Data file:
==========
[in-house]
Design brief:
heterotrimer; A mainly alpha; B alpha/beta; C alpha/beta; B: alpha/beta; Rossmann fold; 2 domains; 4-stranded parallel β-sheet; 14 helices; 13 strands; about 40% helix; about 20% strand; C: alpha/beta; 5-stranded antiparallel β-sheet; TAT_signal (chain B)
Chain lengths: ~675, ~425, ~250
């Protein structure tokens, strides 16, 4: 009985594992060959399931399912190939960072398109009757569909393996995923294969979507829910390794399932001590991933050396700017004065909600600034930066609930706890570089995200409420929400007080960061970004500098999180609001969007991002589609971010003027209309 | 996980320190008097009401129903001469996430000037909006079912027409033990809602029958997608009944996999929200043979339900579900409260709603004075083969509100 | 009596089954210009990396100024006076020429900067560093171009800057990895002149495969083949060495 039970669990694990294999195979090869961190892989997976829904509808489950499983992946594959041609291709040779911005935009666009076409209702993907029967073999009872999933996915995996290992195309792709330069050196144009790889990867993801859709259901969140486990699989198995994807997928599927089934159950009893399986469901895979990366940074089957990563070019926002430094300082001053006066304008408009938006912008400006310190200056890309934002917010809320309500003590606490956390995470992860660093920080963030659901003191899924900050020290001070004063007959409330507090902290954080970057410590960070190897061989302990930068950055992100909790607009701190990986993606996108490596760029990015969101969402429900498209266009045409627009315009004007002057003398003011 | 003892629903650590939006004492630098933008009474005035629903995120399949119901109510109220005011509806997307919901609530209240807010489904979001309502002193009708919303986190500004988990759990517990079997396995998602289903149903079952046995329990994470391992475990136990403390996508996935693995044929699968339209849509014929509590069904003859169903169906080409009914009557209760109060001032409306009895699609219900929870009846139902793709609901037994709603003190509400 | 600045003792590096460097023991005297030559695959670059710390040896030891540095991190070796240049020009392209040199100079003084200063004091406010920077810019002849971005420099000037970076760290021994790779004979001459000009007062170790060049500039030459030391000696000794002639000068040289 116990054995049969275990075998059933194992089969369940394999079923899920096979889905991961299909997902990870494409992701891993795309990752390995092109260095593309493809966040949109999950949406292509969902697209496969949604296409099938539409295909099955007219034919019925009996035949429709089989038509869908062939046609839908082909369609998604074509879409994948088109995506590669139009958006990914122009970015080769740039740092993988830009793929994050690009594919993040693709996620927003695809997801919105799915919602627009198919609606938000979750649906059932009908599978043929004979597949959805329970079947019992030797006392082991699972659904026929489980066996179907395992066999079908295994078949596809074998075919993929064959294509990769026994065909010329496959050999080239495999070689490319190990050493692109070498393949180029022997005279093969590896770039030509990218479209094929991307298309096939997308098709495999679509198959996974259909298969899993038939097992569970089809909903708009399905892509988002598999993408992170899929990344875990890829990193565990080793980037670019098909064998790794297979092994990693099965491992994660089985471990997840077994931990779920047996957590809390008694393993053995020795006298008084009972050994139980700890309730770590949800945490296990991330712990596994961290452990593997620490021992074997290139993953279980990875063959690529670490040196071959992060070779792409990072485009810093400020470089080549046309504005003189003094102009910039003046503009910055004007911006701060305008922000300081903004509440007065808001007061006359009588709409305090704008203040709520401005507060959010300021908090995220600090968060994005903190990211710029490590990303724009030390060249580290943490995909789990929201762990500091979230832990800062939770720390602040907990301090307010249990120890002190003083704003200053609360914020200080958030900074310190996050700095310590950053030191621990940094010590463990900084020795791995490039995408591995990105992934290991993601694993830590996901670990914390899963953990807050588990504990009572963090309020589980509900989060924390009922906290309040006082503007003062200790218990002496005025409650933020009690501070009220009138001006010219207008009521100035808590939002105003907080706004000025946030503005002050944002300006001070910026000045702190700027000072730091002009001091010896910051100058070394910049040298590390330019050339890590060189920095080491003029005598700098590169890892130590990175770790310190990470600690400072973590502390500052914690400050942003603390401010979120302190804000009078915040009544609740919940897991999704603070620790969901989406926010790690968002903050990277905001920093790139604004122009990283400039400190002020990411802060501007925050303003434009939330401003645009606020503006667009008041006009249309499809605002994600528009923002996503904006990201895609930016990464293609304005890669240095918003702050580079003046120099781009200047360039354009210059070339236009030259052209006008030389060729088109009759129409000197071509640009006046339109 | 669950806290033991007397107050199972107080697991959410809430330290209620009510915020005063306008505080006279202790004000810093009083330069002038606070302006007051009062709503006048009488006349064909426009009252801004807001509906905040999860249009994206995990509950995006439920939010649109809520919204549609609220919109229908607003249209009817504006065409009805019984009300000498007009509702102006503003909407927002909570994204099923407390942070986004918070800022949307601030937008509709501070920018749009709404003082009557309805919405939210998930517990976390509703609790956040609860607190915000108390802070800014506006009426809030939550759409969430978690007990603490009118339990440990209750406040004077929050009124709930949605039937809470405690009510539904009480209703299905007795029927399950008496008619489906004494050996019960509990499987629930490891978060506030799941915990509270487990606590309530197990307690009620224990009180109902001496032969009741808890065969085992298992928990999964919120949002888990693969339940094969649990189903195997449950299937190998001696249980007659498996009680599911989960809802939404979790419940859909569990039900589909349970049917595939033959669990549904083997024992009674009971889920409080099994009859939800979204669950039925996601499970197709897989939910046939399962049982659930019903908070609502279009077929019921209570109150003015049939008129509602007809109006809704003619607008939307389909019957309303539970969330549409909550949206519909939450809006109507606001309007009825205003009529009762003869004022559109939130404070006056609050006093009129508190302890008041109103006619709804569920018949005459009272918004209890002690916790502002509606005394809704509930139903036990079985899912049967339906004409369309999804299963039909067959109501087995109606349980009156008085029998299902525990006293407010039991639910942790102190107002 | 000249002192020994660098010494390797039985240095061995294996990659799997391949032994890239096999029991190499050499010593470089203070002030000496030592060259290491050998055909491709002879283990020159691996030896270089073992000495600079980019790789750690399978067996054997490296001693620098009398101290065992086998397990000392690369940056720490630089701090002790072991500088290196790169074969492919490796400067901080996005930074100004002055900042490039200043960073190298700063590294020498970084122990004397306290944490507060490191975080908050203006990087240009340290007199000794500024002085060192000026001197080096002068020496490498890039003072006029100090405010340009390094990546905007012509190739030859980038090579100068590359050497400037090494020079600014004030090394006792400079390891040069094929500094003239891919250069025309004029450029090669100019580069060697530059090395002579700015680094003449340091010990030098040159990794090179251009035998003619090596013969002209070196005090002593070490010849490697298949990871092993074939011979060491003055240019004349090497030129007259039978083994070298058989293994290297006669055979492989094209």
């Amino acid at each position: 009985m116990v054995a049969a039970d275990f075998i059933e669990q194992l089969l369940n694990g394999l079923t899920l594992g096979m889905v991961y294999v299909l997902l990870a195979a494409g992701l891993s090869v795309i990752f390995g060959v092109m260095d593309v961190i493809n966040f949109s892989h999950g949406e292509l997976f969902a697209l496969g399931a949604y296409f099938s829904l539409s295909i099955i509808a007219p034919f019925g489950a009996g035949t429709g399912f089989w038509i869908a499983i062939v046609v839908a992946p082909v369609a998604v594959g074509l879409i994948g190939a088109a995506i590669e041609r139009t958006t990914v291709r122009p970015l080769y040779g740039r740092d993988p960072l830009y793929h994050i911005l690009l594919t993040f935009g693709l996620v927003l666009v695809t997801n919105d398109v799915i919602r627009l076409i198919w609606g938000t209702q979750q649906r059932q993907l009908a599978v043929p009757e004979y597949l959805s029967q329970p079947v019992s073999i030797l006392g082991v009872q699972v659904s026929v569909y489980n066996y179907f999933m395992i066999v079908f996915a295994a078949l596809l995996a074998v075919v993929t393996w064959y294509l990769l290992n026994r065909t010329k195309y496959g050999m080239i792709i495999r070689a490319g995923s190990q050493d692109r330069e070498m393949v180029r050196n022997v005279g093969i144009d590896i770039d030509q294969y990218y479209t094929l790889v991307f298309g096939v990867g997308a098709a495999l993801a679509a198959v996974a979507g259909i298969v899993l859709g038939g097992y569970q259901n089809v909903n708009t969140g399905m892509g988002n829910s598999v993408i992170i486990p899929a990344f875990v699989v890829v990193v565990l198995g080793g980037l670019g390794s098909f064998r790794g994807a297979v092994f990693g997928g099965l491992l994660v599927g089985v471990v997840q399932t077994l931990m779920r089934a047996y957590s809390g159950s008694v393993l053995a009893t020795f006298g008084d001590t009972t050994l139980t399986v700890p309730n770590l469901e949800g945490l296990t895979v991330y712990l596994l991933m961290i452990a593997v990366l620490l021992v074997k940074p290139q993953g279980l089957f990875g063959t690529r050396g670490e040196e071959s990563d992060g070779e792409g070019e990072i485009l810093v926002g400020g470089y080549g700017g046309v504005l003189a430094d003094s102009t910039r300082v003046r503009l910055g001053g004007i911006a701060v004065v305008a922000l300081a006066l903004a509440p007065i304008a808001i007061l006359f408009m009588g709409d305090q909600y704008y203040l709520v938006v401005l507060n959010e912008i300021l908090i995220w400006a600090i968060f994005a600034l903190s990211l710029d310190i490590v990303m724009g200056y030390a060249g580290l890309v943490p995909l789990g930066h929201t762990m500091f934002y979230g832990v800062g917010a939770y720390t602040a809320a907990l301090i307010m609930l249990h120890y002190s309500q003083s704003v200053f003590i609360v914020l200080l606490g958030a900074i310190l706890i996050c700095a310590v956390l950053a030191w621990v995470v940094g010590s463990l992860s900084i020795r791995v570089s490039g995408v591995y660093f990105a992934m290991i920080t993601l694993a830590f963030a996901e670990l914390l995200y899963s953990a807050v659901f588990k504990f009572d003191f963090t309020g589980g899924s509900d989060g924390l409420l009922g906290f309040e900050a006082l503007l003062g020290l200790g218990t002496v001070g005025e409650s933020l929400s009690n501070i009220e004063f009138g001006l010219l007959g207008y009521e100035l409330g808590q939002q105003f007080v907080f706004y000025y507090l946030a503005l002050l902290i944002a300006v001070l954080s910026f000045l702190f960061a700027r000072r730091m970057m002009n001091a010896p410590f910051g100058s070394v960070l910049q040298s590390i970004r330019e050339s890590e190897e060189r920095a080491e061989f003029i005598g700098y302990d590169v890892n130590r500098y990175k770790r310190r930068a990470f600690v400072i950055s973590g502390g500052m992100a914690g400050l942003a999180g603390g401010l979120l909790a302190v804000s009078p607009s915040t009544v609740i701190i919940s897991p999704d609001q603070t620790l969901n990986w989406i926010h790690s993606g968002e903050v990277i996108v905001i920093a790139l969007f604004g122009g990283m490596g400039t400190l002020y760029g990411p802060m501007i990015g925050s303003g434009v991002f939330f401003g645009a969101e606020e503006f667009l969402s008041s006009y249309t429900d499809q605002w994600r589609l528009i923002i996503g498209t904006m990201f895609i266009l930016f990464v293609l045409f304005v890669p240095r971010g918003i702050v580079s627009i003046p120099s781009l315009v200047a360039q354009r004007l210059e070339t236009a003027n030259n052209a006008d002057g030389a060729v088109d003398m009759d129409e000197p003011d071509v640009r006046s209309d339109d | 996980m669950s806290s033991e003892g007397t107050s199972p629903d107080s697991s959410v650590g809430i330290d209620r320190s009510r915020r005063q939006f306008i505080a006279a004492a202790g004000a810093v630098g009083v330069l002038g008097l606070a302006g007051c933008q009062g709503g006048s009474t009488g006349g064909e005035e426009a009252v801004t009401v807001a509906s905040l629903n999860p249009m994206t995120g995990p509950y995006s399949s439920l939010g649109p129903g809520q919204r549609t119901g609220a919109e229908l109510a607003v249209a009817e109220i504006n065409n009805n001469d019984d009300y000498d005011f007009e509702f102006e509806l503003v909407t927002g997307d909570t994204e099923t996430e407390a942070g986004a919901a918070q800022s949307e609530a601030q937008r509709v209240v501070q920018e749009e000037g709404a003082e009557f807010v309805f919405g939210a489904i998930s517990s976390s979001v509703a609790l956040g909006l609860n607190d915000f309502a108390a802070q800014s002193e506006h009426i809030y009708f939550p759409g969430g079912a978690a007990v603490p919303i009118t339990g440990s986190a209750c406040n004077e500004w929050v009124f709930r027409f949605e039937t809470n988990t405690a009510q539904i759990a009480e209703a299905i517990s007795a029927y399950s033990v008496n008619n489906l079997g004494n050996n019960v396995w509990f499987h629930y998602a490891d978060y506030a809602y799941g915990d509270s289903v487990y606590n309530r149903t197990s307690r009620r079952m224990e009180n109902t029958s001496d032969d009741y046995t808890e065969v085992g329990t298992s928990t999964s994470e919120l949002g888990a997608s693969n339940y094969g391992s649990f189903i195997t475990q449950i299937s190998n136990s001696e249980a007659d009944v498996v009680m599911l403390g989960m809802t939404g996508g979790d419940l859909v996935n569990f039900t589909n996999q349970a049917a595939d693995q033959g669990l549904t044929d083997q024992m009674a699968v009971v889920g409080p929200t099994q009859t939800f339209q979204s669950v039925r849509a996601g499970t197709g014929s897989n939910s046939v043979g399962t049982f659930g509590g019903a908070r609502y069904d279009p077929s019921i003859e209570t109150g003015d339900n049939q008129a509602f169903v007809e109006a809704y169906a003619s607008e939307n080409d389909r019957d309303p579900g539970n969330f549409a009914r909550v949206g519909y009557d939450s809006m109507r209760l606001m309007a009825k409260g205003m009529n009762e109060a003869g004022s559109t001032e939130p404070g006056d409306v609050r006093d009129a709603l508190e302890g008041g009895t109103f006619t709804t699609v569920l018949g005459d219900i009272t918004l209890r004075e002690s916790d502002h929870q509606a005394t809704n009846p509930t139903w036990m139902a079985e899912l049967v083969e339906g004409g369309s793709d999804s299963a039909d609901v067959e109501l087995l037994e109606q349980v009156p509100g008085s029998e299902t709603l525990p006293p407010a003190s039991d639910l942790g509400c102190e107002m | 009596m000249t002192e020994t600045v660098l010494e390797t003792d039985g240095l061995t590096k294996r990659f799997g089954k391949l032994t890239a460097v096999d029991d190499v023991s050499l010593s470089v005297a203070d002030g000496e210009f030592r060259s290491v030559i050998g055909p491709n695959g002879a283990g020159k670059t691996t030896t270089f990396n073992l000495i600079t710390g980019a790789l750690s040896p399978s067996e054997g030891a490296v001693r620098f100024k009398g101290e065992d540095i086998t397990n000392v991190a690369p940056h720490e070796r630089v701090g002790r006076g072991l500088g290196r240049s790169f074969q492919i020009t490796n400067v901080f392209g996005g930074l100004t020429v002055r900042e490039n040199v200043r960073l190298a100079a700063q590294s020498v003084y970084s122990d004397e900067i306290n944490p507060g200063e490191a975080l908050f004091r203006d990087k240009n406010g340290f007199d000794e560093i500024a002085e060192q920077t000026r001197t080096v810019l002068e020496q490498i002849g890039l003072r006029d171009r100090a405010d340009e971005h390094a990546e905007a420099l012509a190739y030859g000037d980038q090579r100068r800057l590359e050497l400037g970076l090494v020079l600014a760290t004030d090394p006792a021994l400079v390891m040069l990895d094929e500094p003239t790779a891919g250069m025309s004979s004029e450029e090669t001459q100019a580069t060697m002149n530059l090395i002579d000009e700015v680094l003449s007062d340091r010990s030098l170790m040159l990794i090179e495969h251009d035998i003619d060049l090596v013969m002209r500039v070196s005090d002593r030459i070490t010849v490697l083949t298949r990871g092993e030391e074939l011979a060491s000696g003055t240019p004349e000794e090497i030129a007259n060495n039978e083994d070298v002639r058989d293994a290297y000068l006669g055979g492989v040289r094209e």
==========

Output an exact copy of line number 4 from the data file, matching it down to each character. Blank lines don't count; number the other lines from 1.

Chain lengths: ~675, ~425, ~250